Alan. B. Cole, the 19-year-old driver of a pickup truck that crashed last April, killing 10 teen-agers in Maryland's worst traffic accident in a decade, was given a three-year suspended sentence in Circuit Court here today.
While Cole will not go to jail, he will be assigned to a program of psychotherapy, drug and alcohol rehabilitation and volunteer work as a condition of the probation granted by Circuit Court Judge Samuel W. Barrick.
Cole, who was convicted of 10 counts of automobile manslaughter here two months ago, appeared relieved as the judge explained the sentence. Cole embraced his parents with tears in his eyes.
Some of the parents of accident victims who had come to see the sentencing were outraged that Cole escaped jail.
"You call that justice?" cried Bruce Kusaj, whose 15-year-old son Clark was one of the teen-age passengers killed when Cole's pickup truck crashed into the trees along Patuxent Road in Anne Arundel County at 9:30 p.m. on April 23. "Where the hell is the sympathy for the 10 dead kids? It's a goddam shame."
Like Kusaj, the parents of Denise and Barry DeAoun were watching from the courtroom's gallery but they said they felt no anger at the judge's decision not to send Cole to jail.
"That wouldn't accomplish anything," said Paul DeAoun. "It's not going to bring anyone back."
Rita DeAoun said that she and her husband work as family ministry specialists with the Catholic Archdiocese of Baltimore, and have learned to extend compassion to Cole despite the loss of their 16-year-old daughter and 15-year-old son.
Calling the judge's decision "Fair," Mary Taylor, whose 14-year-old daughter was killed in the crash, said, "I think it's far better for a person to be rehabilitated than to [spend time] in jail. I think, however, Alan has to realize the seriousness of his actions that night. I don't think his [suspended] sentence takes away from his realizing that."
"All I can say is that I'm terribly disappointed," said Gary Neal, whose 15-year-old daughter, Tina, died of injuries sustained in the accident about three weeks after the crash.
"He's been let off scot-free," said Clark Kusaj's aunt, Joyce Pelzer. "I hope the judge can sleep well . . . I don't think he had any compassion for the families of the children who died."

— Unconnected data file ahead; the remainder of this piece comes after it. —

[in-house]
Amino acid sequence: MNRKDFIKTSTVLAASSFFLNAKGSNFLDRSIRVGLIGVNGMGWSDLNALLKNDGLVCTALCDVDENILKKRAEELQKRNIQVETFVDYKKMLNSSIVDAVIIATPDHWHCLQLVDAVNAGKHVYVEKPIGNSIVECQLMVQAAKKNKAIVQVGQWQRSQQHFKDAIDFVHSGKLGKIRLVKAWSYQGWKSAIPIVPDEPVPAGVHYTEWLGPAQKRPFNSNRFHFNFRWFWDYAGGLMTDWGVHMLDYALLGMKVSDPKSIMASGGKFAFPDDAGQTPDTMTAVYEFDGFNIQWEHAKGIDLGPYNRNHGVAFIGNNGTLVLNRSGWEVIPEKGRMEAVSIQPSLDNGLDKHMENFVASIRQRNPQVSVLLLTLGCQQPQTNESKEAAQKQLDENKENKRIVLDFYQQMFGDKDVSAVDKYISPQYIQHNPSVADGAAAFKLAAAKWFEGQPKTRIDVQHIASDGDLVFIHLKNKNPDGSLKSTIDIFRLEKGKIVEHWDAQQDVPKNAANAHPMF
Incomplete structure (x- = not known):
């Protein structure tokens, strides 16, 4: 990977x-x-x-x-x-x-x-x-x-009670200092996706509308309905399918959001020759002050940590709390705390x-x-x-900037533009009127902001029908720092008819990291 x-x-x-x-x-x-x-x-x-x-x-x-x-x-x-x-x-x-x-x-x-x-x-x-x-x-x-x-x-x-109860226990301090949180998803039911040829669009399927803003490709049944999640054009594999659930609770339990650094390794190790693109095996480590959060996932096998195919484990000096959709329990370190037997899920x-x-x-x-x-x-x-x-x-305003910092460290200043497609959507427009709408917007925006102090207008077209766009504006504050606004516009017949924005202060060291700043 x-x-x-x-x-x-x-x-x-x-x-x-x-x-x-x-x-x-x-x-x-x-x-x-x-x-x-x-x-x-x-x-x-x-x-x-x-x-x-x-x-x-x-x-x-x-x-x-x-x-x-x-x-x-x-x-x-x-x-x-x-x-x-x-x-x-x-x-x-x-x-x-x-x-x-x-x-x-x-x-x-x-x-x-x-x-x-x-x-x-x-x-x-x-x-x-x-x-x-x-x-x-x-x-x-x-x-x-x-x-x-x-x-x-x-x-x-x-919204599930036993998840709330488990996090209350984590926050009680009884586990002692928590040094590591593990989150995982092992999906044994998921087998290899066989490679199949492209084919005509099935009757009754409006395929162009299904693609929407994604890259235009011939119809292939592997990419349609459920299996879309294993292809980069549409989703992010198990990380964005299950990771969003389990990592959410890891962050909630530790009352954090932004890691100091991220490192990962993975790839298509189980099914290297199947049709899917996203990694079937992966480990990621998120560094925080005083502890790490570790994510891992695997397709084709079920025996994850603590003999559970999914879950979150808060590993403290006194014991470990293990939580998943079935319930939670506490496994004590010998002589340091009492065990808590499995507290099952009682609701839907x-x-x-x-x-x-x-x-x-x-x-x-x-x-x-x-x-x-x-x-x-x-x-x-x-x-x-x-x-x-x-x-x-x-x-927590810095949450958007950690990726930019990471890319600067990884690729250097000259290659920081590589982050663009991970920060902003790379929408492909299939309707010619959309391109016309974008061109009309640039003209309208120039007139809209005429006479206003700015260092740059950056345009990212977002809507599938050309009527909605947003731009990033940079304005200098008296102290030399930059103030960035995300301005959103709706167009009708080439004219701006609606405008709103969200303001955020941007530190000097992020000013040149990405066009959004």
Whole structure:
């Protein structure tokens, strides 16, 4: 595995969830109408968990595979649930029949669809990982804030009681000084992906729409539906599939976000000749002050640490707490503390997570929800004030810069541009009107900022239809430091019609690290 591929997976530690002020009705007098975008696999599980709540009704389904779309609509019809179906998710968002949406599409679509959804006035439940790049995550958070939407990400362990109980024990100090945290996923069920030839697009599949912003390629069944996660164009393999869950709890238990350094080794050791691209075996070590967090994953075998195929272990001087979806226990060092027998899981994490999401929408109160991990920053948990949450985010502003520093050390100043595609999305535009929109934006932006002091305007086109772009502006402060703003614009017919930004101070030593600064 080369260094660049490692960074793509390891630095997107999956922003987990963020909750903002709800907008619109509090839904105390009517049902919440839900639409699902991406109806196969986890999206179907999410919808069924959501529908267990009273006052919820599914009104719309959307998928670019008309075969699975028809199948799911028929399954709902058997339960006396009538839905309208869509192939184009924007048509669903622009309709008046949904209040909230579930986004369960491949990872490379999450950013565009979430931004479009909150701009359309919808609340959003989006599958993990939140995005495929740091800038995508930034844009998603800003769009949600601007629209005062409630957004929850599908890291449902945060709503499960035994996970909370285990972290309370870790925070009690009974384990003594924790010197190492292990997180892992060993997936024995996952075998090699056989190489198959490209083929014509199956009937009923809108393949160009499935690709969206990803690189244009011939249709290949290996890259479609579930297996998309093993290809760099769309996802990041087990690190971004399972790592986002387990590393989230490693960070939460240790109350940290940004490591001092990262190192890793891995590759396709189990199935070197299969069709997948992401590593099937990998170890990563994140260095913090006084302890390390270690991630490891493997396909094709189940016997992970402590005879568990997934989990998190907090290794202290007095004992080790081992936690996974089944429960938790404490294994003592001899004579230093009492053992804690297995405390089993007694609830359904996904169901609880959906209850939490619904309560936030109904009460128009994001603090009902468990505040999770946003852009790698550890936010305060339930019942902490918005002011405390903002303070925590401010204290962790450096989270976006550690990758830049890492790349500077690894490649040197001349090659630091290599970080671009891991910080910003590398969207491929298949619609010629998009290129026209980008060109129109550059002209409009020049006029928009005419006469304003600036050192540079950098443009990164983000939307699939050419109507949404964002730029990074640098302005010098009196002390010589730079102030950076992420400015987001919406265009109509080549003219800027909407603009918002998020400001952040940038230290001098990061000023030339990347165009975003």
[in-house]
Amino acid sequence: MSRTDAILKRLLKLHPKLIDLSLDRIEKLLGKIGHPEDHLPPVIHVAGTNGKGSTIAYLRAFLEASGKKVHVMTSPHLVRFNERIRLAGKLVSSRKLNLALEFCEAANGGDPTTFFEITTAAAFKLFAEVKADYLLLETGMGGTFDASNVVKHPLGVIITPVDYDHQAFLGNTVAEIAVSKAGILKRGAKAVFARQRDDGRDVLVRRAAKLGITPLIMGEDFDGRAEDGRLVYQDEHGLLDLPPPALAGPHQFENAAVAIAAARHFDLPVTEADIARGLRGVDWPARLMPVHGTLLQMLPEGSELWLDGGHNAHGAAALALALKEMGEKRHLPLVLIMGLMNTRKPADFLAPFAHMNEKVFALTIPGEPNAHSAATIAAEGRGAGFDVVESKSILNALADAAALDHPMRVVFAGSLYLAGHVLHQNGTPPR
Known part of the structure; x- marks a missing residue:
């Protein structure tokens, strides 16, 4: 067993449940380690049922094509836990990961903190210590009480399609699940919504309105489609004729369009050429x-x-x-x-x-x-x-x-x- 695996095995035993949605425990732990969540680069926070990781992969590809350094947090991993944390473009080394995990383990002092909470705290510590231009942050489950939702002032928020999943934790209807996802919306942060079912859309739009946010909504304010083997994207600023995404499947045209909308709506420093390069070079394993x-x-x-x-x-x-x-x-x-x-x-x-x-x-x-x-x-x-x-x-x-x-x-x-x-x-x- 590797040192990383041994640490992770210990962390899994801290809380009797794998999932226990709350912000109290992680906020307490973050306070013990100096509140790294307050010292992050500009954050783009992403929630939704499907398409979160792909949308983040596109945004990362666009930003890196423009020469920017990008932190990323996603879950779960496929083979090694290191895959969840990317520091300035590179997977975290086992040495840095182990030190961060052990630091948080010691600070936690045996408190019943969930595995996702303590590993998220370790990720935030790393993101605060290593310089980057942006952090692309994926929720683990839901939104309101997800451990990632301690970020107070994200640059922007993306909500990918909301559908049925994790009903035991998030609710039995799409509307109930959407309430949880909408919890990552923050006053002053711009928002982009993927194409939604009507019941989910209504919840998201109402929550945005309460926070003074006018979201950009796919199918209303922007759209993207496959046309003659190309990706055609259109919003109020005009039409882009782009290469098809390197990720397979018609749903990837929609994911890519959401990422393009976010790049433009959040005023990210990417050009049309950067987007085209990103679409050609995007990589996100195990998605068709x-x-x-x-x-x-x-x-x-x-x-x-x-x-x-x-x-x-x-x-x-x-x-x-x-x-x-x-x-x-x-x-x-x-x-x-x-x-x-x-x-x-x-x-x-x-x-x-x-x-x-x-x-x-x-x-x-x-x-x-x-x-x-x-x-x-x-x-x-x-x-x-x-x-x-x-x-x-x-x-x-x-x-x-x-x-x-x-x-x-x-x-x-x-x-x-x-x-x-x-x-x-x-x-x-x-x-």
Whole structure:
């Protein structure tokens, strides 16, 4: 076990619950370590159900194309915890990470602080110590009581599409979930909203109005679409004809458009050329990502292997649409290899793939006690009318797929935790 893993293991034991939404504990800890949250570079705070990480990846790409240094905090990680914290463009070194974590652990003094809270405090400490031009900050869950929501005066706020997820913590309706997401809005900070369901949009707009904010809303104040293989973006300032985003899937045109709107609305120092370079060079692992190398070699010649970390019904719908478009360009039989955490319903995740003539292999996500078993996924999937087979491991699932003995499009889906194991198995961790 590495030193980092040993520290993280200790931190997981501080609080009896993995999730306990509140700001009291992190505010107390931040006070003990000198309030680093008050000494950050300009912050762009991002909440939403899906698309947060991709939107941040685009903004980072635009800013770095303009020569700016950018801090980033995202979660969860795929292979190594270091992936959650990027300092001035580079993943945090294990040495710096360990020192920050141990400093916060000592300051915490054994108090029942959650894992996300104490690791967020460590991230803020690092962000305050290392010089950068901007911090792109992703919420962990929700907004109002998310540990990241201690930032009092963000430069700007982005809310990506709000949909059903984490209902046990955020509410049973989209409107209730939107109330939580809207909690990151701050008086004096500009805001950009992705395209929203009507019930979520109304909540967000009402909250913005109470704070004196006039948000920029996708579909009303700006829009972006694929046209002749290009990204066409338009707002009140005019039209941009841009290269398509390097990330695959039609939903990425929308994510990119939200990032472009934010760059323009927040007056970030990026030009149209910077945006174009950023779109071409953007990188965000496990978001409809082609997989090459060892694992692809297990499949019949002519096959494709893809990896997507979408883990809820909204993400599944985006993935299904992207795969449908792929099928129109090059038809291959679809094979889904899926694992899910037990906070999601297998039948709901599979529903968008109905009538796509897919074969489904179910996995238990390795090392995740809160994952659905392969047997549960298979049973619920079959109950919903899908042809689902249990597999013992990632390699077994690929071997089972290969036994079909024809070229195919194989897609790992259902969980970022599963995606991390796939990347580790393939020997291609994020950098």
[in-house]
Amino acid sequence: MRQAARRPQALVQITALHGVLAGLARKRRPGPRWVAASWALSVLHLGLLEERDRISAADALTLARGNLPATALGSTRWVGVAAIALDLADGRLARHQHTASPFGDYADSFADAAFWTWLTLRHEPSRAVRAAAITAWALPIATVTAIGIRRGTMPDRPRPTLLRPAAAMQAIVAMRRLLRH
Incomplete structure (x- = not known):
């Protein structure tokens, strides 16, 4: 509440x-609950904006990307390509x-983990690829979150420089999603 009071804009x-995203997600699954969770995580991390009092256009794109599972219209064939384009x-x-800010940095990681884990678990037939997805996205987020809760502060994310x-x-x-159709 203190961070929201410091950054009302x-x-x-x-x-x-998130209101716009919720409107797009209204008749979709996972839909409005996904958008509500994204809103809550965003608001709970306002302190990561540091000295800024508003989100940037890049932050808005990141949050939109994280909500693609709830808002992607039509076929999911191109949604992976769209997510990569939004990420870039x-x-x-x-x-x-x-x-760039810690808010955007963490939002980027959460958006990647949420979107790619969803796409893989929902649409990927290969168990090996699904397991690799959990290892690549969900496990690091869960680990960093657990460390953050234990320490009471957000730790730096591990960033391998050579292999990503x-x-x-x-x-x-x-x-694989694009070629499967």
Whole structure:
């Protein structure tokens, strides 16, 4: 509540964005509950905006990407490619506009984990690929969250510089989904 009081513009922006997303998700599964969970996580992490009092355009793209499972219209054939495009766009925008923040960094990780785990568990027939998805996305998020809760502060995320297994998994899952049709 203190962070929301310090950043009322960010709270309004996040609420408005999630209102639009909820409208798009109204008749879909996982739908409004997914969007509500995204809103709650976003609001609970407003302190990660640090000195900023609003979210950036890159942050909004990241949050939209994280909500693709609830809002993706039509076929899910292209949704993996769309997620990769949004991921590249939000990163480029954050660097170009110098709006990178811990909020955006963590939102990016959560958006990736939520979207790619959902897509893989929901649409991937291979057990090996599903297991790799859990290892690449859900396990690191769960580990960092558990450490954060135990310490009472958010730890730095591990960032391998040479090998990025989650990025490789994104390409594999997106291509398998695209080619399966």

In the courtroom this morning, Judge Barrick said he relied heavily on a presentencing report prepared by the Maryland State Department of Parole and Probation that termed Cole a "passive, dependent person with depressive features." The report recommended against putting him in prison.
"Many people have a direct concern with what this court does," said Barrick, as he sentenced Cole. "But 10 lives have been lost, and it doesn't do anything to ruin another."
The National Transportation Safety Board, in a report that was not allowed as evidence in Cole's trial, said witnesses saw Cole drinking tequila and beer and smoking marijuana on the day of the crash. However, the jury acquitted Cole of committing homicide with a motor vehicle while intoxicated.
Cole is scheduled to begin a month of drug and alcohol education at the Tuerk House in Baltimore this month. Thereafter, he will work 20 hours a week with accident victims and handicapped people at the John F. Kennedy Institute in Baltimore for the remainder of his three-year sentence. He also will undergo psychotherapy with doctors at nearby Johns Hopkins Institute.
Carlyle Barton Jr., president of the Kennedy Institute's board of trustees, said the institute has so far not accepted Cole as a volunteer, and its administrator already has indicated his opposition to the idea. But Barton said he will meet with the judge later this week to try to work out some agreement to satisfy Cole's probation requirements.
Barrick also levied $400 in fines for lesser traffic charges on which Cole was convicted.
"I can't second-guess the judge," said Assistant State's Attorney Scott G. Patterson, who did not specifically request a jail term for Cole, but asked for a sentence that would help curtail the number of alcohol related highway deaths. "Anything the judge did you could have found some justification for."
One of Cole's attorneys told the judge that the Baltimore youth already was carrying a "life sentence of the memory" of the accident.
"He is a marked man," said Stanley S. Cohen. "He will be known the rest of life as Alan Cole, the driver of the pickup that was involved in the largest accident in Maryland."
After sentencing, the defense attorneys said they were pleased with the outcome.
"I thought anything but jail would be proper," Cohen said. "But I can understand people being upset because of the magnitude of the deaths."
After the sentencing, Cole left the courthouse quickly with a somber expression on his face and uttering no word as reporters crowding around asking questions. He climbed into a customized van with his parents and returned to Baltimore.